“Exterminate all rational thought,” commands the great William Burroughs as we enter Naked Lunch– sage advice, since not heeding his warning will leave you frustrated and confused as you wander around his mad, but brilliant world. Conrad Rooks’ Chappaqua requires a similar mindset; an exploration of what it’s like to go through drug withdrawal, the film is mostly a collection of images from all over the world and featuring some of the countercultures biggest icons: Jean-Louis Barrault, Allen Ginsberg, Swami Satchidananda, Ornette Coleman, Hervé Villechaize and even William S. Burroughs himself all play a part in this tale. It also features the great Moondog, The Fugs, and Ravi Shankar- all whom contribute music to the film as well (Shankar actually composed and performed the main score.)

As if that’s not enough offbeat star power, Rooks got the great American photographer, Robert Frank, to shoot this film for him, in both color and black-and-white, all over the world: Paris, Sri Lanka, Mexico, Jamaica, England, India, and of course the U.S. of A (Chappaqua itself is a town in New York.) I guess it pays to be the heir to the Avon fortune… sort of. Based on his own experiences battling drug addiction, Rooks’ narrative is a challenging one- you really can only understand it on a gut level, but on that level, it works well. Rooks wisely surrounded himself with great music to help push an otherwise dense narrative forward- Shankar’s score (and the other contributions) really help the medicine go down smoothly- especially when that medicine is LSD.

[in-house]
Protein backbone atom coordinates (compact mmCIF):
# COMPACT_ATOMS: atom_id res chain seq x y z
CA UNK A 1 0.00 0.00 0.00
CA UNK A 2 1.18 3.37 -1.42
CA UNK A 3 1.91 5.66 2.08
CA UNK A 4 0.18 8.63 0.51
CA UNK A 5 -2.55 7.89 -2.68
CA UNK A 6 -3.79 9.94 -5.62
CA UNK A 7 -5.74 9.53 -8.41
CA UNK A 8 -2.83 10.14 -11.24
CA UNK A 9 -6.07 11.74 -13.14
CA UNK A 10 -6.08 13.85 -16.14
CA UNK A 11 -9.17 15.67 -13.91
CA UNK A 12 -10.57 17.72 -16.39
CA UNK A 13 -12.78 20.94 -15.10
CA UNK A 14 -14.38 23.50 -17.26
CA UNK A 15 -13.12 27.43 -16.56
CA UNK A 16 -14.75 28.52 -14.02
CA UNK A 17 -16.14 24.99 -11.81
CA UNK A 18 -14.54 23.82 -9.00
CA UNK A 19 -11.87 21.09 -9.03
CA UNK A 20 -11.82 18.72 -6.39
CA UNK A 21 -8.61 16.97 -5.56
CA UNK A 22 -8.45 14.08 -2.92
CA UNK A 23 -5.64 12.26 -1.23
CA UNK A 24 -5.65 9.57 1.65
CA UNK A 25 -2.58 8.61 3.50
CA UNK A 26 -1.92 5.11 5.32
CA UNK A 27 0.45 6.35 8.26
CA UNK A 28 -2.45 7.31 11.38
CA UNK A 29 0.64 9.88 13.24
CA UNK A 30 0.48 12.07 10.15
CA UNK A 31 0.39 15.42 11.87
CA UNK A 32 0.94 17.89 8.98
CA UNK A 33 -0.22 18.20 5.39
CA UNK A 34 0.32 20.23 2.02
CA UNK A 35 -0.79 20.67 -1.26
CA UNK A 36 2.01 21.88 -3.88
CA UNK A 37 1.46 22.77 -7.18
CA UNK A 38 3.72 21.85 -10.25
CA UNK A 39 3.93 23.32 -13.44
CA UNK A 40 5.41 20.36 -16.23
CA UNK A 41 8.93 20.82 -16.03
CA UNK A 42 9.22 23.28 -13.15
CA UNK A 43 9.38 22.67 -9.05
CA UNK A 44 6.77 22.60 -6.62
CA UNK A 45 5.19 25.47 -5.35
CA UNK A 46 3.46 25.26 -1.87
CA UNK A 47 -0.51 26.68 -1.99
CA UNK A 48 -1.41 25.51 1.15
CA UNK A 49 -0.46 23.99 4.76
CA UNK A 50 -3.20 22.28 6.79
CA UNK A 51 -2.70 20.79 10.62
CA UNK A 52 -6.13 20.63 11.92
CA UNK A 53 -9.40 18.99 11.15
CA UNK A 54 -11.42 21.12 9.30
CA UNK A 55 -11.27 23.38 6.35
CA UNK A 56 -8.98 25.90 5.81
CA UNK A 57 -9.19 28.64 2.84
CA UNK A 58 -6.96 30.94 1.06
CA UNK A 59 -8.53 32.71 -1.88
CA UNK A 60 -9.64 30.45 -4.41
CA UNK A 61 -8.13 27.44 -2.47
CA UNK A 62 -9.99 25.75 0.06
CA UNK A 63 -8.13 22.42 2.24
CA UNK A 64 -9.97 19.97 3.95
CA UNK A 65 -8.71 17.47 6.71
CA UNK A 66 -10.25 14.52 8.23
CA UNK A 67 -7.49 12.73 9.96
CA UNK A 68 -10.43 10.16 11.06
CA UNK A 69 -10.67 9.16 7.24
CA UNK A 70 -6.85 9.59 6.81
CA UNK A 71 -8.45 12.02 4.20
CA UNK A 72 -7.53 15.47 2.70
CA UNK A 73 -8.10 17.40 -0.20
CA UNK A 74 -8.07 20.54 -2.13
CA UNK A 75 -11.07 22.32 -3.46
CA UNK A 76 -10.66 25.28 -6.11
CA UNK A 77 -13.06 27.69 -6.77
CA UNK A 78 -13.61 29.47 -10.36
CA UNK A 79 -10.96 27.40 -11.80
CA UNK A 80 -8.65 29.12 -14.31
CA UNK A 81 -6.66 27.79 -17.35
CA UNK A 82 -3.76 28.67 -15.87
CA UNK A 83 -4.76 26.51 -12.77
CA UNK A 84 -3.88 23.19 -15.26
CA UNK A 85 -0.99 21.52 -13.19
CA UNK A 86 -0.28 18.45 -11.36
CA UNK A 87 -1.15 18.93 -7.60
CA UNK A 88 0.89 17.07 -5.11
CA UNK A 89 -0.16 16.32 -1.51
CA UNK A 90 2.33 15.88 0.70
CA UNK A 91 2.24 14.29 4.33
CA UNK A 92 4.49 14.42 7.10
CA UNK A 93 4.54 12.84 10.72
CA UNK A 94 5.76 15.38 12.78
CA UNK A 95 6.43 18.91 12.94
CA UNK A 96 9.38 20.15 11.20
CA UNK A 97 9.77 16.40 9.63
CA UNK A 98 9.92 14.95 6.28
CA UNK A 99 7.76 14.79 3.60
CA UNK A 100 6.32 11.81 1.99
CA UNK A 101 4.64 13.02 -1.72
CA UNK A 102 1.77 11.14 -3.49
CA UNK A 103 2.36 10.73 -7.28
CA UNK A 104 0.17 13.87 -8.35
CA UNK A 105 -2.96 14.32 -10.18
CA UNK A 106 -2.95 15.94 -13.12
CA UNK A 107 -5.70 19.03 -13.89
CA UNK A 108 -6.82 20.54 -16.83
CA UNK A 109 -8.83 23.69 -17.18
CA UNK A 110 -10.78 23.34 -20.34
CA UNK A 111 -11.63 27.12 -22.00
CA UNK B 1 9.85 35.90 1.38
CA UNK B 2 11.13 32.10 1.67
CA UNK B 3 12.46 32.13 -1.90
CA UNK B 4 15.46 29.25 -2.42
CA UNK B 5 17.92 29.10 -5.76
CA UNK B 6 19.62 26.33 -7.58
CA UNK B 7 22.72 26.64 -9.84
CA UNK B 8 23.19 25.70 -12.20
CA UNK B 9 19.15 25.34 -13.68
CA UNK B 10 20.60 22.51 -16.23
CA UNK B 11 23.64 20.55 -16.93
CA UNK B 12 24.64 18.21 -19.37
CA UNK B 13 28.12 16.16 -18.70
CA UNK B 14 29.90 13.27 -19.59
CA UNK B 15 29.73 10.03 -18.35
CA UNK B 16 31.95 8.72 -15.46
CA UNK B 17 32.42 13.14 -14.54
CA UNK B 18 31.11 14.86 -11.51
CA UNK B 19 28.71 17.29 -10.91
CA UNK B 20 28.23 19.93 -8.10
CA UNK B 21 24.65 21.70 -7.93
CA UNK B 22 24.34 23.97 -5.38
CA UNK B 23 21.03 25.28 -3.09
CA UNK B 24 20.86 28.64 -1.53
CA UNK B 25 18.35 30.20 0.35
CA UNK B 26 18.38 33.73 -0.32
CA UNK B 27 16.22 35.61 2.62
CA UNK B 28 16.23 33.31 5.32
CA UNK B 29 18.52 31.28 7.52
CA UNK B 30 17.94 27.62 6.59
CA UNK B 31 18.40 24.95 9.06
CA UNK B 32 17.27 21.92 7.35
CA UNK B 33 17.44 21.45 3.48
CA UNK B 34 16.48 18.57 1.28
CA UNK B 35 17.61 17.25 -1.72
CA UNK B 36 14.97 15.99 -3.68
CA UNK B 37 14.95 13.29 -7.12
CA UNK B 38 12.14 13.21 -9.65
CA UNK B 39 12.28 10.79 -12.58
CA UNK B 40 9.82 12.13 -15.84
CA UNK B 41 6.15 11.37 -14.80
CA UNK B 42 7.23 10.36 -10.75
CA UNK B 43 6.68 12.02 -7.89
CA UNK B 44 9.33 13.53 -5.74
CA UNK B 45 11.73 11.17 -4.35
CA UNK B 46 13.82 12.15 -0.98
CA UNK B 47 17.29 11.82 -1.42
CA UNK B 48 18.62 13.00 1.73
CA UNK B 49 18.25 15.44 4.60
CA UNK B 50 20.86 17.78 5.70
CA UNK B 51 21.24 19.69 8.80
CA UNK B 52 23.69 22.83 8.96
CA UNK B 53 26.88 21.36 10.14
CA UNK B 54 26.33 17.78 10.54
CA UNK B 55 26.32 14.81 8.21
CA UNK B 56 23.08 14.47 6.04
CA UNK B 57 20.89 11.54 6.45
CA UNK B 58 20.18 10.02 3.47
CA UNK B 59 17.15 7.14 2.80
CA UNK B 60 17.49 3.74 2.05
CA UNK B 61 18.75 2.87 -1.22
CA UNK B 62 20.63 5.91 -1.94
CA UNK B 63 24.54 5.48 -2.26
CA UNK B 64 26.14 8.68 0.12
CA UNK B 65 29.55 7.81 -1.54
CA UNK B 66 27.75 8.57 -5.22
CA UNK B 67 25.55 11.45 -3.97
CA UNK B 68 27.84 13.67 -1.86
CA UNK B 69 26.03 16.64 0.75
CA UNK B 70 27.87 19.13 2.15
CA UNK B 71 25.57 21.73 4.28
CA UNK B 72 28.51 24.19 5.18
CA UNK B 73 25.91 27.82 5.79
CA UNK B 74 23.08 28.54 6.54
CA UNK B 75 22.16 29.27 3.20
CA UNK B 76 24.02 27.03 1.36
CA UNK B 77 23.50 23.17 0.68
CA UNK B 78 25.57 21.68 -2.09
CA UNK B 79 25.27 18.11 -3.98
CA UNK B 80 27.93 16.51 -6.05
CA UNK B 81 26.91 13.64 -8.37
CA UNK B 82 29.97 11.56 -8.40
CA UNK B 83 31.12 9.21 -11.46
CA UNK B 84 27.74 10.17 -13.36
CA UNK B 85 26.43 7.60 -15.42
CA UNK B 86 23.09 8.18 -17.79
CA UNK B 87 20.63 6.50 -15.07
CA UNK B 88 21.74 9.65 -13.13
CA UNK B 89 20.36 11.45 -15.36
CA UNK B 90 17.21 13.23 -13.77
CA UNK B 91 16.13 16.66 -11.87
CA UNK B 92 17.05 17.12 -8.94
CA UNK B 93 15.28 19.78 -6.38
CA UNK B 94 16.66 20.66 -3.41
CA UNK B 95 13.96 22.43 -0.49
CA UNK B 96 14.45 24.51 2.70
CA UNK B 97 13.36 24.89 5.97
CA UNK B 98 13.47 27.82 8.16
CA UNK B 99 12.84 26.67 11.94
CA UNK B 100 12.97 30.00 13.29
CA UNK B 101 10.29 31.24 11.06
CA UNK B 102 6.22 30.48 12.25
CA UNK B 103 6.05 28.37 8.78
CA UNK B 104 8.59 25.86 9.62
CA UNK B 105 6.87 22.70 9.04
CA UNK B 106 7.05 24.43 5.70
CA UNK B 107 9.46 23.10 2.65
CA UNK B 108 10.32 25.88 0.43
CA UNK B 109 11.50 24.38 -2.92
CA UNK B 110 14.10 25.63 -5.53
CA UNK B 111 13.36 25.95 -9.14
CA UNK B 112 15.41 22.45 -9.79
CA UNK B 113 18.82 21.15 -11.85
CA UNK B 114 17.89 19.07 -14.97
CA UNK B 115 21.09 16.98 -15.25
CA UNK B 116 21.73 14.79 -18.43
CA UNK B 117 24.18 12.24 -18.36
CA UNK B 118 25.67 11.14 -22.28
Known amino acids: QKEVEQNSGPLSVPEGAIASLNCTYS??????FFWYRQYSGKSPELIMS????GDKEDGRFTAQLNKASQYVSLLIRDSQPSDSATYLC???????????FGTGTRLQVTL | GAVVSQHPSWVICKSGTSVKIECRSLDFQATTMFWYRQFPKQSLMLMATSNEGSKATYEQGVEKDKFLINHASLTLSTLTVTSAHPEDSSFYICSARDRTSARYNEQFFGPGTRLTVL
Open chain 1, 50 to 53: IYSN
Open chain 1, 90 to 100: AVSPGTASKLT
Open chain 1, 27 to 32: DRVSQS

As experimental films go, this one works, though admittedly, part of its charm is immersing yourself in that mythical era of the Beats: watching Ginsberg chant his Hari Krishna tunes or Ornette Coleman pop up out of the blue. In that way, Chappaqua serves as a firsthand document for this thrilling, boundary-eroding time. It’s not a documentary in the traditional sense, but in the spiritual one.

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